Addu, the southernmost atoll of the archipelago, is one filled with great beauty and vast history. Spread across 15 square km, the atoll consists of the six islands of Hithadhoo, Feydhoo, Maradhoo, Hulhudhoo, Meedhoo and Gan, ringing a deep lagoon. While Hithadhoo is connected to Feydhoo, Maradhoo and Gan via a manmade causeway, Hulhudhoo and Meedhoo lie separately a small distance away, accessible by boat.
Addu is also one of the more unique atolls of the nation due to the atoll’s close proximity to the Zero Degree Latitude. When flying to Addu by air via the local airline Maldivian, the passengers will be alerted once the equator line has been crossed.
Addu is also the second city of the Maldives, coined as Addu City, with Hithadhoo as the main administrative district of Addu City. Addu is also home to a population of 32,062, making it one of the most populated atolls save from the capital city (Census, 2014).
Just an hour and fifteen minutes flight away from the capital city of Male’, Addu is a stone’s throw south from Male with multiple daily flights via Maldivian Airlines. Gan International Airport, once a military airbase utilized during World War II by the British, now caters to domestic travel as well as international travel.
Sri Lankan Airlines has regular flights to Addu, providing a connection to Colombo, and there on out, to the rest of the world. In addition to Sri Lankan Airlines, more airlines are scheduled to begin flying to and from Gan International Airport, opening up Addu further to the rest of the world.
Addu is also one of the three clearing points for international yachts in Maldives, making the atoll accessible directly to sailing yachts.
Since the beginning of history, the netizens of Addu have boasted green thumbs like no others. Each house had its own version of a fruit orchard, filled with banana, breadfruit, coconut trees, tapioca, cassava, guava, watermelon, etc. The green thumb of the citizens extends beyond fruit and food to the greeneries and flower gardens that cover all of the houses of the atoll and their yards. A walk down the roads of Addu offers beautiful views and fragrances to match.
Another main economic activity of Addu is fishing. At the break of dawn each day, the fishermen of Addu set to out to sea in order to catch fish. Freshly caught catches include tuna, wahoo, merlin, trevally, and various reef fishes. This is one of the most lucrative economic activities conducted by the everyman of Addu. Apart from selling the fish, the people of Addu also utilize the by-products of the fish in order to create a fish paste called Rihaakuru.
There are currently four resorts in Addu;
Guesthouse tourism is also prevalent in the atoll, with many guesthouses being opened over the last decade in each of the islands. There are also houses in the islands that offer room and board to guests from all over the board. If a more authentic firsthand experience of the atoll is desired, this would be the way to go. These guesthouses also offer a slice of paradise surrounded by the magic of the locals of Addu at affordable rates.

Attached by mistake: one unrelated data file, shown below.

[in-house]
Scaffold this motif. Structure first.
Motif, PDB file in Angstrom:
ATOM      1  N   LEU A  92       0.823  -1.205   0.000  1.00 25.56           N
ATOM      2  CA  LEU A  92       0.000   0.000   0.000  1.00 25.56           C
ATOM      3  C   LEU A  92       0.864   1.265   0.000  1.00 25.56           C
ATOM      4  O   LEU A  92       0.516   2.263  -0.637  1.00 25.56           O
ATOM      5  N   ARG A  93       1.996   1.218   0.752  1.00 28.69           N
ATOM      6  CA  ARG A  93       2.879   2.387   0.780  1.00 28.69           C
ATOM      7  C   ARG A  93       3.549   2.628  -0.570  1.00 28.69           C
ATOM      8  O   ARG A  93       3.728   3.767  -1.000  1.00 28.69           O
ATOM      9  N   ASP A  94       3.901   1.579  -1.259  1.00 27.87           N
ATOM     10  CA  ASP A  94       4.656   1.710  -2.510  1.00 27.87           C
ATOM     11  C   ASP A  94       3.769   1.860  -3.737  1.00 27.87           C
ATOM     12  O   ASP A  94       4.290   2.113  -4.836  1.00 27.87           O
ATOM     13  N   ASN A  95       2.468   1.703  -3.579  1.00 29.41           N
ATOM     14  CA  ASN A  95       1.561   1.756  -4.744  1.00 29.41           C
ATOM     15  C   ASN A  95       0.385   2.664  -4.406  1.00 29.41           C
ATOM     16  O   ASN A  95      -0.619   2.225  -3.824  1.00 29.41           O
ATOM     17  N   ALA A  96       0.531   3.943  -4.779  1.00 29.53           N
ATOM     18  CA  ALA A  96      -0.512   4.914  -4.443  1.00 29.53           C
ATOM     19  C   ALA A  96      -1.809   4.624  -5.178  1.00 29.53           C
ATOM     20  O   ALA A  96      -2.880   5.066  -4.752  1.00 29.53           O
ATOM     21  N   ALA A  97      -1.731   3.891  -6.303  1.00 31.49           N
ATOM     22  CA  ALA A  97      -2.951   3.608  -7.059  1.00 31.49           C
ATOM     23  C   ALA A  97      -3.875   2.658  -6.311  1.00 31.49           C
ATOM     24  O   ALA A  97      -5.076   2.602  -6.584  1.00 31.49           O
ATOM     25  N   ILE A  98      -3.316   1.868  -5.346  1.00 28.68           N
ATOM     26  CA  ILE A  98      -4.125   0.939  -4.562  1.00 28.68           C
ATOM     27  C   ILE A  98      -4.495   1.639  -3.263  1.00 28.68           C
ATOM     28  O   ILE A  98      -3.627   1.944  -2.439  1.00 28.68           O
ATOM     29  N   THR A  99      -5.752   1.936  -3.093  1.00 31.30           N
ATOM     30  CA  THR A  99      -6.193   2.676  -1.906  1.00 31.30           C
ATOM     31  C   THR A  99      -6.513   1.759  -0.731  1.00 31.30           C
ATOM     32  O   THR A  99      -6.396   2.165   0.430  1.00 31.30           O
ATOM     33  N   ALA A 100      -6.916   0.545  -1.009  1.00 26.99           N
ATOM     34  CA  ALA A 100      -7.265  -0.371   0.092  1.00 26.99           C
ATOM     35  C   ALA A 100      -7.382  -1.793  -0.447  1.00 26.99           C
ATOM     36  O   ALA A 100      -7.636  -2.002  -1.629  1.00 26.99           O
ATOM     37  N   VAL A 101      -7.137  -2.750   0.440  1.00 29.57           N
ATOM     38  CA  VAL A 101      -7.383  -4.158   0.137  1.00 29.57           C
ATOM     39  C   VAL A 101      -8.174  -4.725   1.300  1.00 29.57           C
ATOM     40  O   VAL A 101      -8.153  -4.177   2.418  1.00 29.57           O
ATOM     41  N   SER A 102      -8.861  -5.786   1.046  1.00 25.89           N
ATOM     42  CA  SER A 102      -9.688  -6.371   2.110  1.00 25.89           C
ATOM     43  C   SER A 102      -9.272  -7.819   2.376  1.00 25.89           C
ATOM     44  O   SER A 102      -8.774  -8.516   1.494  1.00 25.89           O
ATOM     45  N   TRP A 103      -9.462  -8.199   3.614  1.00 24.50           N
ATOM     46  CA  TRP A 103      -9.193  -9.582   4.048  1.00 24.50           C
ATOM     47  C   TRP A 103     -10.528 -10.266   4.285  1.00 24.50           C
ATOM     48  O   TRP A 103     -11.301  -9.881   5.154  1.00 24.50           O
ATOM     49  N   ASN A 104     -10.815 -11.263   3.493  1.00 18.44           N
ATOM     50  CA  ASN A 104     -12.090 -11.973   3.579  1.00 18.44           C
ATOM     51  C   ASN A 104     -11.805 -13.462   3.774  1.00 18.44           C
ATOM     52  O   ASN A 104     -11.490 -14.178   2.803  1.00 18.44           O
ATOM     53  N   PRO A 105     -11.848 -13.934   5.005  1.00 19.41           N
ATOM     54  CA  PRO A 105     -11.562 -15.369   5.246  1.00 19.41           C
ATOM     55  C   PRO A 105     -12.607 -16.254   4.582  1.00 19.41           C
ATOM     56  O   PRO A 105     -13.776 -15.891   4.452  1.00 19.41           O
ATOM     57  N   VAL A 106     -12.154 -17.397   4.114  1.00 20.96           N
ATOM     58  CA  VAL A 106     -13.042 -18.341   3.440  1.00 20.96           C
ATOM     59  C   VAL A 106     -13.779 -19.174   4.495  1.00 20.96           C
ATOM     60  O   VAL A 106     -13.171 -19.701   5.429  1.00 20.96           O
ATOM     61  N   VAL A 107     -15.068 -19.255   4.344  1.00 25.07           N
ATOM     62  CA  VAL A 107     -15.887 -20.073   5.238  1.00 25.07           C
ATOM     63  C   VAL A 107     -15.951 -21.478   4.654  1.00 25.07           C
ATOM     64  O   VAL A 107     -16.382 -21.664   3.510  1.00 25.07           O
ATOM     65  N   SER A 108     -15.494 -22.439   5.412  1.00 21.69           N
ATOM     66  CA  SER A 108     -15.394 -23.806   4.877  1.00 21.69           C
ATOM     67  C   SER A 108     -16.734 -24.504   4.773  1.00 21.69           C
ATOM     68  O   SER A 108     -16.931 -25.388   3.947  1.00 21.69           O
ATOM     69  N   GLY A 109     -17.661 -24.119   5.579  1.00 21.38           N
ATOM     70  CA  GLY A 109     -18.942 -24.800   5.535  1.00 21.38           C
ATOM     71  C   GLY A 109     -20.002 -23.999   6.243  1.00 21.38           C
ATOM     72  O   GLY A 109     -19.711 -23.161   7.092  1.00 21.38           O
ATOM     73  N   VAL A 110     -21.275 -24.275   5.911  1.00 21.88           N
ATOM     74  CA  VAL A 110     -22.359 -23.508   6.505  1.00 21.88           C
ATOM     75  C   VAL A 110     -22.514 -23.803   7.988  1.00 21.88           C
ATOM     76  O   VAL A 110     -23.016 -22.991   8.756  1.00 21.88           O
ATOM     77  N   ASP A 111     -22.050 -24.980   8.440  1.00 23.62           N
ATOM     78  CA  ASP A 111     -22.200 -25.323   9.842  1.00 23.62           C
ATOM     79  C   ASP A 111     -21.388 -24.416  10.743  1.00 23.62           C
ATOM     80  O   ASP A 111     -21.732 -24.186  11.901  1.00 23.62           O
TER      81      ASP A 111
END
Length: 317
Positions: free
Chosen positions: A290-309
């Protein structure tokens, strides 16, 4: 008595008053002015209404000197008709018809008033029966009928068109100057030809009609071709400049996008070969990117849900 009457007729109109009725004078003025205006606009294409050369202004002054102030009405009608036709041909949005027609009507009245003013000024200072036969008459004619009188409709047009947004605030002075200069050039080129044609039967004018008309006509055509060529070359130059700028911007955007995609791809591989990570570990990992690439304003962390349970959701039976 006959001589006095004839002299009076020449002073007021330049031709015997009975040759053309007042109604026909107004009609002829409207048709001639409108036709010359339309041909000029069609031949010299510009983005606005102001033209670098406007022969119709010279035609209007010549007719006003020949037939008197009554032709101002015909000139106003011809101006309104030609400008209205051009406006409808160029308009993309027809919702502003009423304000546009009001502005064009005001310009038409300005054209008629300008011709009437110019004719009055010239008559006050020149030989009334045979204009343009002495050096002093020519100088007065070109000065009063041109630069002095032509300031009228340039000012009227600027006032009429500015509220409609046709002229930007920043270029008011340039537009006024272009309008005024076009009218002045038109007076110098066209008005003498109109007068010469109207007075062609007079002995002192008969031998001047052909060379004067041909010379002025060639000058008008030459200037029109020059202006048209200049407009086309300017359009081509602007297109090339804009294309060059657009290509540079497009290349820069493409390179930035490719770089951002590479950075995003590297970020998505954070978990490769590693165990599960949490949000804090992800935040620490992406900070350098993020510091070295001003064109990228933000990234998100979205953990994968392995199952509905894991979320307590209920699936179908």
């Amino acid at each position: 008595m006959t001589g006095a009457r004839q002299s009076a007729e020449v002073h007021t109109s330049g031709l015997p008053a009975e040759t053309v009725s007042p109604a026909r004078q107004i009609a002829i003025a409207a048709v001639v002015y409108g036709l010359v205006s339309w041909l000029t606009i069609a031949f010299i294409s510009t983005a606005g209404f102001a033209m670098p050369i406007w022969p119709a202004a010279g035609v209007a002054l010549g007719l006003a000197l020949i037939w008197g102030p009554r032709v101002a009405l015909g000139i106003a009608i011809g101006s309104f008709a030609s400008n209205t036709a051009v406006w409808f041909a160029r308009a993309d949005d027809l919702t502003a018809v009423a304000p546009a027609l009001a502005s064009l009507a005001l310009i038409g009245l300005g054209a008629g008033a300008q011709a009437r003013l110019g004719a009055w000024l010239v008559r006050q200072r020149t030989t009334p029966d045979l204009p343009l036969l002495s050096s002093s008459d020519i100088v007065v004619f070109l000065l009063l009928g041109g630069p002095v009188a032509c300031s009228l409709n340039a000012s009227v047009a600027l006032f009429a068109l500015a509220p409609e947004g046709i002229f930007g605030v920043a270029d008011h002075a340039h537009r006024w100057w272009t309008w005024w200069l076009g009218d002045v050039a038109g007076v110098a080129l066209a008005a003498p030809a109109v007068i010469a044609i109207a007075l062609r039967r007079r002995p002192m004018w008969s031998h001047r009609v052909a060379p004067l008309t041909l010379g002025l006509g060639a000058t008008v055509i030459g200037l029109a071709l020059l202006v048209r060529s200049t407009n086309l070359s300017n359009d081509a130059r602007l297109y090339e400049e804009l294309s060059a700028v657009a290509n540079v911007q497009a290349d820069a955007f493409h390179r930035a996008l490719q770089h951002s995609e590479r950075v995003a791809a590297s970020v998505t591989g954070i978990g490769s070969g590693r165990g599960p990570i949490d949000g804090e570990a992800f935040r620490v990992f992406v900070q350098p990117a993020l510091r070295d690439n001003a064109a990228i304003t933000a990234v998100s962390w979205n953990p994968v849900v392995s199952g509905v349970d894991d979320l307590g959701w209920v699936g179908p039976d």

Addu is also home the Dhon Dheeni (White tern), and these birds are only found in this atoll. These birds are attributed as the reason for the lack of Kaalhu (Crows) in and surrounding the area. The presence of Dhon Dheeni is also known to deter small eagles as well. Dhon Dheeni has, due to the exclusivity of the birds to the southernmost atoll of Addu, become a symbol of the atoll and is a protected species. The bird is also known for its beautiful milky white color, leading the bird to be named Dhon Dheeni (Fair Bird).
Addu, being that the atoll is located just a few degrees south of the equator, has an abundance of marshlands, freshwater mangroves. Various species of fish, seabirds and crustaceans are known to be present in these islands.
Food local to Addu is highly famous all across the Maldives, with many orders coming in for the purchase of the local delicacies from various islands and atolls. When atolls name is mentioned, it is often followed by the mention of Addu Bendi, a coconut-based sweet delicacy, or Addu Havaadhu a curry paste made out of a highly unique blend of spices. In addition to these, a variety of other snacks are made and sold all year from, ranging from breadfruit chips, taro chips, puffed rice, veshun (smaller variety of Addu Bendi), etc.
Addu bas, the dialect spoken in the islands of the atoll, is quite unique in the sense that while the words were formed based on the official language of the Maldives, Dhivehi, they are ever so different to the its inspirations. Each island of the atoll also has their own variations and speak with small but distinct differences. Addu bas is one of the most widespread and well-known language from the southern side of the Maldives.
History and Culture
Addu is an atoll soaking in cultural significance. The atoll has one of the earliest settlements of in Maldives, with settlers from many regions of Southeast Asia. The cultures of the early settlers are evident in today’s citizens as well, and across each island of the atoll.
British influences are also visible across the atoll, more so in Gan, Feydhoo and Hithadhoo than in the other islands. One of the most prevalent of these influences is the British memorial situated in Gan island, the Bonda Badi, which is representative of the era of the British presence in Addu.
About the Writer: Fathimath Zahuwa Ahmed Didi is a citizen of Addu City. A Banking and Finance graduate from Taylor’s University, Malaysia. She writes articles ranging from the economy of the nation to travel around the nation and is passionate about the development of the Maldives as a tourist destination.